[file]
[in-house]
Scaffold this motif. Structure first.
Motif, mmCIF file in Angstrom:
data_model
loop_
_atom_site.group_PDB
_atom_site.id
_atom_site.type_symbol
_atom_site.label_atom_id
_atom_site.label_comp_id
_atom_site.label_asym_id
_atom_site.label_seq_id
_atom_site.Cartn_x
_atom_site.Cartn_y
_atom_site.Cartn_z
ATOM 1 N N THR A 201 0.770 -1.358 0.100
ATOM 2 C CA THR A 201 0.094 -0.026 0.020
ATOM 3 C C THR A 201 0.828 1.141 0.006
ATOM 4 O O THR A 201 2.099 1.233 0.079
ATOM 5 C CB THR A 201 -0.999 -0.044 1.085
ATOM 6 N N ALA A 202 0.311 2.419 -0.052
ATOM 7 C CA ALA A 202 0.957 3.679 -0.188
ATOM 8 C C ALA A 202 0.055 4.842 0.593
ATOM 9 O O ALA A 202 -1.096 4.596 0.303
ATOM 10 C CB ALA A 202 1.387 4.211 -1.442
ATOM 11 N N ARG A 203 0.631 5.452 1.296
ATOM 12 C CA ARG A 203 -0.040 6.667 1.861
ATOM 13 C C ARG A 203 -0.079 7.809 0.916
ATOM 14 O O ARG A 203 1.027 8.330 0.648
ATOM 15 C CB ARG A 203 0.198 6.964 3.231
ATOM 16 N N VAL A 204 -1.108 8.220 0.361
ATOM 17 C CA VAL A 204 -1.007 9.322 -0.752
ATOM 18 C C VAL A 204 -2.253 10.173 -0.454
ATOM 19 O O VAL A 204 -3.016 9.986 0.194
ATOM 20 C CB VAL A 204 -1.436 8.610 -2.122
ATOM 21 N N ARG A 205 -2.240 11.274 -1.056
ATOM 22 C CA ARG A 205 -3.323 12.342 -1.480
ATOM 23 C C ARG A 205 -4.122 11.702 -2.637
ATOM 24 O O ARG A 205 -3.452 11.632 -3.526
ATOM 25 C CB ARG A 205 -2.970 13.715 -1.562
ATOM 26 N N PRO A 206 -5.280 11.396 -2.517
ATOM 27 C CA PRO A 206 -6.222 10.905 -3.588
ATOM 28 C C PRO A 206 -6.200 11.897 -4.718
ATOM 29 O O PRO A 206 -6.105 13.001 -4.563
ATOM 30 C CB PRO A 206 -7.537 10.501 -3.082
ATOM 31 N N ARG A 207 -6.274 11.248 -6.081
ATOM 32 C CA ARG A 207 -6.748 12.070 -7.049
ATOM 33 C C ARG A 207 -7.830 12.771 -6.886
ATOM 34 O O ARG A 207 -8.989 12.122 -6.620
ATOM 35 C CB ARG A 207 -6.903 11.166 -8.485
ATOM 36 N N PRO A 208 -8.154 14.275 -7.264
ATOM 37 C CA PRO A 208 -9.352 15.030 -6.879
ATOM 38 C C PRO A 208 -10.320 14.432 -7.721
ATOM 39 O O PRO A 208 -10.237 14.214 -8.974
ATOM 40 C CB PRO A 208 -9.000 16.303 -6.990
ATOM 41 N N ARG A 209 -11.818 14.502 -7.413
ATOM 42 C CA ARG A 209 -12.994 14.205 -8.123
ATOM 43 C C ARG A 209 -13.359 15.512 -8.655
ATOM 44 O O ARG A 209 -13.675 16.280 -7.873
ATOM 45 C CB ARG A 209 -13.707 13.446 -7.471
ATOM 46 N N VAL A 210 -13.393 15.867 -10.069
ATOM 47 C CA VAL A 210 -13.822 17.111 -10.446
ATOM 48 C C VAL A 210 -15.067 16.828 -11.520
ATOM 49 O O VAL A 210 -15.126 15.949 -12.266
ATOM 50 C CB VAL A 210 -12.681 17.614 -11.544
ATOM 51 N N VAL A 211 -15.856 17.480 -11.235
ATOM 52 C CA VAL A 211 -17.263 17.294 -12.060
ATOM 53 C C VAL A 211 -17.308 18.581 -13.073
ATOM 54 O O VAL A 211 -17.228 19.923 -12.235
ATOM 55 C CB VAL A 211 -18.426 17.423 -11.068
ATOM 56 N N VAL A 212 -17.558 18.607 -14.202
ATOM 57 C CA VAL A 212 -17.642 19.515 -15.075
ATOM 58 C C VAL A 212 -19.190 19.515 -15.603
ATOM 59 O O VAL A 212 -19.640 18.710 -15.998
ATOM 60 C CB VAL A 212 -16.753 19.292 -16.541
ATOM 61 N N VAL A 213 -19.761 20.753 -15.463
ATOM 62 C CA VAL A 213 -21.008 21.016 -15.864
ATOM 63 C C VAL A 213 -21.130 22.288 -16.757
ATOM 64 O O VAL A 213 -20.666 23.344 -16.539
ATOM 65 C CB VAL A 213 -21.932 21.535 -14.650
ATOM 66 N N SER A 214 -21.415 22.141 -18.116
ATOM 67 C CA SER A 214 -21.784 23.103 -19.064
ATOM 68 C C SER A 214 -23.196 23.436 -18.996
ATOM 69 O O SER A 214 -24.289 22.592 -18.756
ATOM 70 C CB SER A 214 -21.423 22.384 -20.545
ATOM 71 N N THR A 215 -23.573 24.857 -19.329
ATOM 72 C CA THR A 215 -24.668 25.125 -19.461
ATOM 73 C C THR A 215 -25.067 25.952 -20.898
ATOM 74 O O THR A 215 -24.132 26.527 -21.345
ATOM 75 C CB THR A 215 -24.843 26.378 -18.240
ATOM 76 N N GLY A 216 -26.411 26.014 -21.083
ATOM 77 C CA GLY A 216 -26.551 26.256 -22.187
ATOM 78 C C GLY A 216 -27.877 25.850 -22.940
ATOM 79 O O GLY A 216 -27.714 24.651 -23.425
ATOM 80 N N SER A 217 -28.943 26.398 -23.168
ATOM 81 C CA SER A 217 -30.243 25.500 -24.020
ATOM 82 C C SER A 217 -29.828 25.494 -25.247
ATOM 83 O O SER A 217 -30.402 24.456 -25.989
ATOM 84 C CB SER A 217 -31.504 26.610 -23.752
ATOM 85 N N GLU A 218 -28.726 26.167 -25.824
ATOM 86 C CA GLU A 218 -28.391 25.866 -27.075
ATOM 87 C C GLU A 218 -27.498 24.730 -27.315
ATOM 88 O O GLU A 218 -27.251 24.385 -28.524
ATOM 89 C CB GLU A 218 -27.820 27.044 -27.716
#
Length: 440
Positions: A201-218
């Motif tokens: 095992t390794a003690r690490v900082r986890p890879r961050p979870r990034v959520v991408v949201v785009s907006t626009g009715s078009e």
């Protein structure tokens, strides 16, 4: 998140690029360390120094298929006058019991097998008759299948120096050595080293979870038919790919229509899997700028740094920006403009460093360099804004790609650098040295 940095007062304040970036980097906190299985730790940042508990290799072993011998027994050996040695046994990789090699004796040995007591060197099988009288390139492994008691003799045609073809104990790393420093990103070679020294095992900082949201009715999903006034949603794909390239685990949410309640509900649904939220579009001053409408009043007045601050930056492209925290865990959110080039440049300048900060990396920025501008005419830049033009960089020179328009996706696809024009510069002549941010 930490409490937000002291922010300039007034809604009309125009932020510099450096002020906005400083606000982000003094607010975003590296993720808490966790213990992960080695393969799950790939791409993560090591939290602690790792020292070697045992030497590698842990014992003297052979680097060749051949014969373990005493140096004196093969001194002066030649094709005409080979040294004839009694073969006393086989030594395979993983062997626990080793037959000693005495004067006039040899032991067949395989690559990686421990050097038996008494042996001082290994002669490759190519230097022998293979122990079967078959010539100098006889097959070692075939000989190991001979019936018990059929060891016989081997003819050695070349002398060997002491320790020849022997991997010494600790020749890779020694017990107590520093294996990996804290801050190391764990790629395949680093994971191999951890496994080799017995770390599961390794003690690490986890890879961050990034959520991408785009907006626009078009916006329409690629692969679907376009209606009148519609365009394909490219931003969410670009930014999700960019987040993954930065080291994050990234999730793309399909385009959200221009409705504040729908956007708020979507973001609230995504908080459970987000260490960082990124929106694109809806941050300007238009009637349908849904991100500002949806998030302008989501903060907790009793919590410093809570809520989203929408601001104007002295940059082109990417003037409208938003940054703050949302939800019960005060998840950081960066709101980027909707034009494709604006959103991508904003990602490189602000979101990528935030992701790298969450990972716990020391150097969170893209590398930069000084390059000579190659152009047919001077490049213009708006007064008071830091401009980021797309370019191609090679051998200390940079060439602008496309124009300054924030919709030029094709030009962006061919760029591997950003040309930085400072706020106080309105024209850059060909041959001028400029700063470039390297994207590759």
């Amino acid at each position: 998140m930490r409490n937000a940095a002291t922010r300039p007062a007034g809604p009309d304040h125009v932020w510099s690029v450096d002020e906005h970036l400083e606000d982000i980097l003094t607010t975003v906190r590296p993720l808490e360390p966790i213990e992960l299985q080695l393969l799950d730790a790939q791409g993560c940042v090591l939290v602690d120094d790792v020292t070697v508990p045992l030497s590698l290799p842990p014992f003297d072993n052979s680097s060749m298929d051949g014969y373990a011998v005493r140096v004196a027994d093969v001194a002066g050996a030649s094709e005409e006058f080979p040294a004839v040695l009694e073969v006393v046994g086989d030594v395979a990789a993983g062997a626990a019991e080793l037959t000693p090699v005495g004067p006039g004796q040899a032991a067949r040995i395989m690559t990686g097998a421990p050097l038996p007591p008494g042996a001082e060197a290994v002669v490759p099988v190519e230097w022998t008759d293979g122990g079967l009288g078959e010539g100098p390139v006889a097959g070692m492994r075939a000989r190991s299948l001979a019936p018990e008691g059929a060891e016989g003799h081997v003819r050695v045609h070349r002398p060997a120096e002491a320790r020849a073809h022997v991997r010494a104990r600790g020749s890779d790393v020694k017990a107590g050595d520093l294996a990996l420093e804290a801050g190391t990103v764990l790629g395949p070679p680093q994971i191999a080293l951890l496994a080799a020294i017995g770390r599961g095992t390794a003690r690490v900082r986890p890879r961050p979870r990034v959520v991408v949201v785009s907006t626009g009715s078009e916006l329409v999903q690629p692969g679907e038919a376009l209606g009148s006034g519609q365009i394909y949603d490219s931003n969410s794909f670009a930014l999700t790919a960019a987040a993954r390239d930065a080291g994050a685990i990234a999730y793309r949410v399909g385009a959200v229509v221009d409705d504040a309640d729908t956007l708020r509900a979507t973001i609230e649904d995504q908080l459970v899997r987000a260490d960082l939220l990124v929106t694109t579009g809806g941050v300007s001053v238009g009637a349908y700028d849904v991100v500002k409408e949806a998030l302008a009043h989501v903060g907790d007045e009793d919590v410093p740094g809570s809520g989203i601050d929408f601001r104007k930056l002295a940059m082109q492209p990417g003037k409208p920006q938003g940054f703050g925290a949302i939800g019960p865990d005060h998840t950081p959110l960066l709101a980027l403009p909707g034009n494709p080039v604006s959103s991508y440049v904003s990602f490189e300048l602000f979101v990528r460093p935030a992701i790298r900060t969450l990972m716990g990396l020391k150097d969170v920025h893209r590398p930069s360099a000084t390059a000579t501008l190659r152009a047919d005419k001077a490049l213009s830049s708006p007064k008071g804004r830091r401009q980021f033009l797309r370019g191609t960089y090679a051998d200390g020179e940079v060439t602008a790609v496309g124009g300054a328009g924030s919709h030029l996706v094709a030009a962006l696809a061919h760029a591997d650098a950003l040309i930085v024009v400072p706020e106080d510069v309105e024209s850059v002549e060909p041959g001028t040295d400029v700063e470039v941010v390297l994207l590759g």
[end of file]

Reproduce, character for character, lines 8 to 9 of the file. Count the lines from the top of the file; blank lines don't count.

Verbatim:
_atom_site.type_symbol
_atom_site.label_atom_id